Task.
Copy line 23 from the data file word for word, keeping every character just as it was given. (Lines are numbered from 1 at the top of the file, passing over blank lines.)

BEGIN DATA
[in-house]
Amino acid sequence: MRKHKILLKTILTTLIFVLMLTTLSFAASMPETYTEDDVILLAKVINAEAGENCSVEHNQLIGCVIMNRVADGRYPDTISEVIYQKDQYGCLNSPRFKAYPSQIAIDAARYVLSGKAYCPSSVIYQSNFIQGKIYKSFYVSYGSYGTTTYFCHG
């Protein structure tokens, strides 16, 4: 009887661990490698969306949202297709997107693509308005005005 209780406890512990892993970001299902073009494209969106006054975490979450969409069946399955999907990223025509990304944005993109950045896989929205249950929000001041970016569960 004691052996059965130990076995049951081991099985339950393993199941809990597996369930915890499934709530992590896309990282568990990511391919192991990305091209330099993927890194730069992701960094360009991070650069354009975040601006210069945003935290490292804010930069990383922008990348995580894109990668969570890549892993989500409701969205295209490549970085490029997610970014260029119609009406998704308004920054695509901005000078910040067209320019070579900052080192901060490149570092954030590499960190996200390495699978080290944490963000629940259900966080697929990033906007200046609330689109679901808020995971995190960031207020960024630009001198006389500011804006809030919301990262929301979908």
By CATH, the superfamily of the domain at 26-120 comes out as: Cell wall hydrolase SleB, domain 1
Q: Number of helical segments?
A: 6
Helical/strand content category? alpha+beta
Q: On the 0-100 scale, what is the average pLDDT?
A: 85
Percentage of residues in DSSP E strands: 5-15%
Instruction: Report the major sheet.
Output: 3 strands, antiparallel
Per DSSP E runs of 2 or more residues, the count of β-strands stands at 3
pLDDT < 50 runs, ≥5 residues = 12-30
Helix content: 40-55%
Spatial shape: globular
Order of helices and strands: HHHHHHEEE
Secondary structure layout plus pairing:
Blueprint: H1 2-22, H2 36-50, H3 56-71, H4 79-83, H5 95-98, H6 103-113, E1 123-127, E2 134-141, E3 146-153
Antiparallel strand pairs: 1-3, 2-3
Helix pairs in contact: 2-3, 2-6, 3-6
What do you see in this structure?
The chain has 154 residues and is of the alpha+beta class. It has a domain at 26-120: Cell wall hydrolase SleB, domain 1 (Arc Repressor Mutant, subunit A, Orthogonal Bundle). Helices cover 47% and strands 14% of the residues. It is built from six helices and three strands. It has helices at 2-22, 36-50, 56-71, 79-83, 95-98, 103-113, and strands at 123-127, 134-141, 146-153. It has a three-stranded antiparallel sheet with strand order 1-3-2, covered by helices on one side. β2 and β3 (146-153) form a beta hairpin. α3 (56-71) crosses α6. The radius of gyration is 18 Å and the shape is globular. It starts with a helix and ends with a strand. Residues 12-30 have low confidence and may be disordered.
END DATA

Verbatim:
The chain has 154 residues and is of the alpha+beta class. It has a domain at 26-120: Cell wall hydrolase SleB, domain 1 (Arc Repressor Mutant, subunit A, Orthogonal Bundle). Helices cover 47% and strands 14% of the residues. It is built from six helices and three strands. It has helices at 2-22, 36-50, 56-71, 79-83, 95-98, 103-113, and strands at 123-127, 134-141, 146-153. It has a three-stranded antiparallel sheet with strand order 1-3-2, covered by helices on one side. β2 and β3 (146-153) form a beta hairpin. α3 (56-71) crosses α6. The radius of gyration is 18 Å and the shape is globular. It starts with a helix and ends with a strand. Residues 12-30 have low confidence and may be disordered.